Takuma Sato became the first Japanese driver to win the Greatest Spectacle in Racing. His win in the No. 26 Honda continued this season’s tradition of having a different winner for each race. We’ve had six events with six winners that represented four teams. This victory is the second of Sato’s IndyCar career, and the first with Andretti Autosport. His new team has won the ‘500’ five times total, with three of the wins coming to them in the past four attempts.
This win wasn’t an easy one, as Sato had some serious competition at the front of the field. Helio Castroneves (No. 3, Team Penske) took possession of the lead a few times in the last round of green flag action, fighting hard for his 4th Indianapolis 500 victory, but it wasn’t his turn to make history at the Speedway. He did however, collect his 41st runner-up position of his career. You know you have a legendary career when even your 2nd-place finishes are in the record books. Only Mario Andretti had more, with 56.
This second-place record could be looked at as a negative, but take “the bridesmaid effect” into account for the Indianapolis 500 specifically: This is the third time Castroneves has finished in P2, joining six other drivers to have done as such. One of those six drivers is Al Unser, a four-time winner of the race, and whose footsteps Castroneves is working very hard to follow. Looks like he’s definitely on the right path.
The only full-season rookie in the 2017 IndyCar field is Ed Jones, piloting the No. 19 Dale Coyne Racing Honda. He’s had an insanely impressive first season to date, kicking things off with a P10 finish in St. Pete, a P6 in Long Beach, and finishes in the teens for the next 3 rounds. Yesterday, in his first Indy 500 attempt, he started in Row 4 from P11, in and of itself a huge accomplishment. But that wasn’t enough for the 2016 Indy Lights Champion, he wanted more, and he showed that he’s the real deal by moving his way up in the field, in a smooth and relatively unnoticed method reminiscent of some of the best dark horses in this series, like veteran driver Scott Dixon. It wasn’t long until everyone took note and wondered if we might see a rookie on the Borg two years in a row?
Things didn’t play out in Jones’ favor to that extent on Sunday, but his skill earned him his first IndyCar podium (even though we don’t do a podium ceremony for the Indy 500) with a P3 result, and the best finish at the ‘500’ for Dale Coyne Racing. Jones didn’t achieve this without incident, in fact he could have been out at the quarter-way mark when he ran through debris from the Dixon-Howard accident. The debris created a hole in the floor and damaged his rear wing. But they fought hard, played it safe but smart in traffic, and took the benefits of how the late yellows fell. The No. 19 admittedly lacked pace to get a legitimate run on Helio or Sato, but they have absolutely nothing to be upset about.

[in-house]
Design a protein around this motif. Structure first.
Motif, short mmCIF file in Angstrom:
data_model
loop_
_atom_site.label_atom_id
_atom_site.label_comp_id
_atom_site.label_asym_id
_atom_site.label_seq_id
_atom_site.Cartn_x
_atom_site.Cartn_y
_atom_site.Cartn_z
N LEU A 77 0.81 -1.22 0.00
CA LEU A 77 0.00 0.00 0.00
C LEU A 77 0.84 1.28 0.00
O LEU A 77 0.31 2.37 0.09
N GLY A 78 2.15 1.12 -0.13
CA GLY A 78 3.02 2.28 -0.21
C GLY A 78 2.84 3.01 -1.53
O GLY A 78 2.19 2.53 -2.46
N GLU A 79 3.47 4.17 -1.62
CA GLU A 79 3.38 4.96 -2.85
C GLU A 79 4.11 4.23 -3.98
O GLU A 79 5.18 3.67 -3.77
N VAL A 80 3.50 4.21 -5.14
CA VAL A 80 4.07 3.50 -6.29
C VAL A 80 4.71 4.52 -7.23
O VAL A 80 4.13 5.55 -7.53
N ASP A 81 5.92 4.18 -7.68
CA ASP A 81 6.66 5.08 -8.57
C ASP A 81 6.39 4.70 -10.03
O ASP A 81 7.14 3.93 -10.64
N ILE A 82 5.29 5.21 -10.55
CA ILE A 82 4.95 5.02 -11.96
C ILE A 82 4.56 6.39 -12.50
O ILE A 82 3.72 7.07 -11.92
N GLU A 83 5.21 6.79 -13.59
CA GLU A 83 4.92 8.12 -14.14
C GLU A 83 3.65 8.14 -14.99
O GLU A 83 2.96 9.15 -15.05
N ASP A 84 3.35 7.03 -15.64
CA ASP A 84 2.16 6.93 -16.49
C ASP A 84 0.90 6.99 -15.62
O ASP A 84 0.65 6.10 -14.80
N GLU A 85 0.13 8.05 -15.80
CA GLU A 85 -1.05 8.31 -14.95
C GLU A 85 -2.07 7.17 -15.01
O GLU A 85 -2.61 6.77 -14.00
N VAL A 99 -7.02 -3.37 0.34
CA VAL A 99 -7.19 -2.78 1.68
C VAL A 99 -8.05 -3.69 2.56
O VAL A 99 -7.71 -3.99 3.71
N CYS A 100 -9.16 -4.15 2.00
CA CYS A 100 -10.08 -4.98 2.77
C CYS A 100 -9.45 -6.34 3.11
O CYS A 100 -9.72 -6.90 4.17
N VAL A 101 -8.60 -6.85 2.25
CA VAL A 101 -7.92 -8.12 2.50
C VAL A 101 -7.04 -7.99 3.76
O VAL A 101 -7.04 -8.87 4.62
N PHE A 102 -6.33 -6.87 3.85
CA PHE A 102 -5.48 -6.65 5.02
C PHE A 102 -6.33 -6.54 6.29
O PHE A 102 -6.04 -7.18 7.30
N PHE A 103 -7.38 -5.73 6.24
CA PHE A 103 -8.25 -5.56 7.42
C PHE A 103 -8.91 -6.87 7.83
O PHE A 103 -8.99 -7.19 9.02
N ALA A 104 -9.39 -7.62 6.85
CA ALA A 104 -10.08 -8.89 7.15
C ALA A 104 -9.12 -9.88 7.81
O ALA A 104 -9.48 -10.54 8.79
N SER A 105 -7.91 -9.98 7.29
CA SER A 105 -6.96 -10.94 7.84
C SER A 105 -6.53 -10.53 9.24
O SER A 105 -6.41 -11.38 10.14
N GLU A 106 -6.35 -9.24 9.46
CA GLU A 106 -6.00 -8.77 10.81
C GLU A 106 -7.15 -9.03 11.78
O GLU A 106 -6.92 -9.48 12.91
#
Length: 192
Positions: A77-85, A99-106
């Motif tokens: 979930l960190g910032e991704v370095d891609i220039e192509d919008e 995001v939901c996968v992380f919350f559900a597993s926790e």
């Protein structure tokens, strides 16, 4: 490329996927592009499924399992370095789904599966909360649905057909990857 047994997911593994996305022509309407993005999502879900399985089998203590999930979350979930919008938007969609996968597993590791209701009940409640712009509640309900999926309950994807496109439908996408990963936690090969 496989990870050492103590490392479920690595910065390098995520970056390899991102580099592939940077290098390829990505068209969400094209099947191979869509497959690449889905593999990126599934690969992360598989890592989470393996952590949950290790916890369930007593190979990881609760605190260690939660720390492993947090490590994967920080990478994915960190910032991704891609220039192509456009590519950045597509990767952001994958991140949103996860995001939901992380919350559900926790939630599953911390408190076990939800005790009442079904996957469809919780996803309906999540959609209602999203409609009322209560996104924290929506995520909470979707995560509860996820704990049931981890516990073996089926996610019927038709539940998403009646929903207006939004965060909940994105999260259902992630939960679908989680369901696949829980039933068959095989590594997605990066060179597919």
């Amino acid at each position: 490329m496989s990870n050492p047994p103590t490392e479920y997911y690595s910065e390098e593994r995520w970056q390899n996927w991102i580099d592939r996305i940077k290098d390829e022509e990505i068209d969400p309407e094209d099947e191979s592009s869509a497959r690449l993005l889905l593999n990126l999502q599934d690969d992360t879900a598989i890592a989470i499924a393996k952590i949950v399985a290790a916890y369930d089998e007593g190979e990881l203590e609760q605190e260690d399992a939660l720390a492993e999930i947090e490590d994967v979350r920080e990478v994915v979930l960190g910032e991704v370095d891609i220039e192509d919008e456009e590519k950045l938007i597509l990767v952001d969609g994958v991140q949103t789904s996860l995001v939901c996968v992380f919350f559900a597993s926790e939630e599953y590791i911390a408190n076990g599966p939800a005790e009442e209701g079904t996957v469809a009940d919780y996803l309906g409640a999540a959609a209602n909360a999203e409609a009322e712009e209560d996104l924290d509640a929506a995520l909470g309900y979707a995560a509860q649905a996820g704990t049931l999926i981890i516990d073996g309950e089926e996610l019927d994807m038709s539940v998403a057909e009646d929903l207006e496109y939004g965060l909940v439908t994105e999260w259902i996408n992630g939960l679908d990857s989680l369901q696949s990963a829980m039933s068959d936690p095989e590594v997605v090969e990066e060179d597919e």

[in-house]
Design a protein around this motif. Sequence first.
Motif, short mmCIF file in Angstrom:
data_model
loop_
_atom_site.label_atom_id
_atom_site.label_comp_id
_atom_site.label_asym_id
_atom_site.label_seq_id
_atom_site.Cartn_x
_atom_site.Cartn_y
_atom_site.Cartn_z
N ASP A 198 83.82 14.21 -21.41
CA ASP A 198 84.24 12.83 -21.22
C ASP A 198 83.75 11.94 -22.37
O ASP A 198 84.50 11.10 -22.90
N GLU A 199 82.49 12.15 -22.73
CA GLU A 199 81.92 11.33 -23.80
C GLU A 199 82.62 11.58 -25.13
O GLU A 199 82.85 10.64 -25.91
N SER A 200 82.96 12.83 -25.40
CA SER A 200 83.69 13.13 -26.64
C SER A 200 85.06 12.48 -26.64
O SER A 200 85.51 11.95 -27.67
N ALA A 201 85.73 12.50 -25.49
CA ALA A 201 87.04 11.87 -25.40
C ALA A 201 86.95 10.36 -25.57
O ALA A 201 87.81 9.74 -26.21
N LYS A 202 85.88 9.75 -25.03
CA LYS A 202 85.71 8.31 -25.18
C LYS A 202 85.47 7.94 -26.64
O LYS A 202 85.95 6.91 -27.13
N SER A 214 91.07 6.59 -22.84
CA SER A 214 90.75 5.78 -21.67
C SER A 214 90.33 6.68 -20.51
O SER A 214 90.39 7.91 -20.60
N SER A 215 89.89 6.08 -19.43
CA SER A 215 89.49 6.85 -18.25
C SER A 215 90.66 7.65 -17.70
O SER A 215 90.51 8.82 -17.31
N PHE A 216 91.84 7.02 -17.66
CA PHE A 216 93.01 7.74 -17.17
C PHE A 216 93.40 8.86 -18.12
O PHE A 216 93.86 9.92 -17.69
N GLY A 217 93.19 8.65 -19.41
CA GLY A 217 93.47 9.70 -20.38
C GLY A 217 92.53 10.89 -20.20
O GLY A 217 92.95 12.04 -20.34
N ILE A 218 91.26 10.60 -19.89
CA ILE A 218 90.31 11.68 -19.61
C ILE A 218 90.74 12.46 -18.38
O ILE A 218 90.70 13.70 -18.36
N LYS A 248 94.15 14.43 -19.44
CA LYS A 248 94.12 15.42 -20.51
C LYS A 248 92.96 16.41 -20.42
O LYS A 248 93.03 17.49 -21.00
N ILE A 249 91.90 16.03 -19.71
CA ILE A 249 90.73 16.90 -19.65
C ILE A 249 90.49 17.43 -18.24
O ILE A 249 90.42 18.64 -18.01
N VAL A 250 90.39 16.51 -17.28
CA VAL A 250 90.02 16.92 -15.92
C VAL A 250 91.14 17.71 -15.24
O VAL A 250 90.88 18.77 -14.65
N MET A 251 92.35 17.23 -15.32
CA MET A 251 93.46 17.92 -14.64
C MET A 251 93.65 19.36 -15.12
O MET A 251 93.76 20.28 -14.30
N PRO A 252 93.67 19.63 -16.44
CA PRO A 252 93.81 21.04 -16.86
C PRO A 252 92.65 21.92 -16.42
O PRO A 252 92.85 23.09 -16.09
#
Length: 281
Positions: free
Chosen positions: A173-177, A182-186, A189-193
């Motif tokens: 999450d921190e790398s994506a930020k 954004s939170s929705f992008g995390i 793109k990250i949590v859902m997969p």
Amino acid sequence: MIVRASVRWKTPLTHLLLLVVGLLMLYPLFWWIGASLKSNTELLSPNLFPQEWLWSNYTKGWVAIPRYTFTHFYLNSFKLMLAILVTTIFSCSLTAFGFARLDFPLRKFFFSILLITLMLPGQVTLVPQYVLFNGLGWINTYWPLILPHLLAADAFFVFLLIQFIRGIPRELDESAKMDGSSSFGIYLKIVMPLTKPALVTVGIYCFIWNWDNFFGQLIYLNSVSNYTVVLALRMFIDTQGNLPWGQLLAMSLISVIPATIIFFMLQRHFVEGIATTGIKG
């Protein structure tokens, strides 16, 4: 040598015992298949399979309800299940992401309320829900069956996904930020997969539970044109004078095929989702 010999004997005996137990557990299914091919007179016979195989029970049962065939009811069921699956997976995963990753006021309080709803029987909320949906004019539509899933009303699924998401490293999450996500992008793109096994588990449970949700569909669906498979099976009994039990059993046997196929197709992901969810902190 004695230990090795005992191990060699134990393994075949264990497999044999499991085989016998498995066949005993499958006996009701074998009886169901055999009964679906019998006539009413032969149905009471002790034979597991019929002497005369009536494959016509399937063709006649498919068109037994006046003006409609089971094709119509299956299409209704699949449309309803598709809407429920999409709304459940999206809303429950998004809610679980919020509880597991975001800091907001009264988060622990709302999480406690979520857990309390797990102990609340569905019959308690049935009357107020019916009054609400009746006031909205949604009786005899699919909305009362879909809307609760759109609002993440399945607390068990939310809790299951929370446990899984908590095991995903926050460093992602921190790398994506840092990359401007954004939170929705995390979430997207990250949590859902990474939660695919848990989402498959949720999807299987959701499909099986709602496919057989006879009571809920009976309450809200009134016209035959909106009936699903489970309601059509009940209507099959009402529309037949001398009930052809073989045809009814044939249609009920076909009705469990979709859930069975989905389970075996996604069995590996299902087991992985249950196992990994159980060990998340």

Jones is now within the Top 10 of points, holding strong in ninth ahead of both James Hinchcliffe (No. 5 SPM Honda) and Max Chilton (No. 8 Ganassi Racing Teams Honda) who are tied for tenth.
The points race has actually become very interesting since the completion of Sunday’s race – which was entirely expected given the double points awarded and the additional qualification points from last weekend.
Helio Castroneves popped up to the top of the points chart, with teammate and reigning Series Champion Simon Pagenaud (No. 1, Team Penske), 500 winner Takuma Sato, and 500 polesitter Scott Dixon (No. 9, Ganassi Honda) in a three-way tie for second place, just 11 points behind Castroneves. Last year’s 500 champion Alexander Rossi (No. 98 Andretti Autosport Honda) is in fifth, and Tony Kanaan (No. 10 Ganassi Honda) runs sixth with Team Penske teammates Will Power (No. 12 Chevy) and Josef Newgarden (No. 2 Chevy) tied for seventh place.
The level of competition in the current IndyCar series is undeniable. This weekend marked a record for the most leaders in a ‘500’ with 15. There were 35 lead changes – one of the top 6 of all time. Cool fact? Those top 6 were all set over the past 6 seasons with the most changes being 68 in the 2013 event!
One more cool record-breaker this weekend was in relation to the former winners in the field. They broke a 24-year-old record when 6 of them (Juan Pablo Montoya, Helio Castroneves, Scott Dixon, Tony Kanaan, Ryan Hunter-Reay, and Alexander Rossi) led laps at this year’s 500. The previous record was set with 5 former winners leading the 1993 event.
The next Verizon IndyCar Series event is the double-header weekend on Michigan’s Belle Isle: the Chevrolet Detroit Grand Prix. Two practice sessions on Friday, followed by a morning qualifying session and race on both Saturday and Sunday will fill the busiest on-track weekend on the series schedule. Stay tuned to Live Full Throttle social media (links below) for details and reminders throughout the weekend about on-track sessions, livestream links, articles from the event, and broadcast information.
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Feature photo credit: IndyCar – Chris Owens, Mike Harding, Joe Skibinski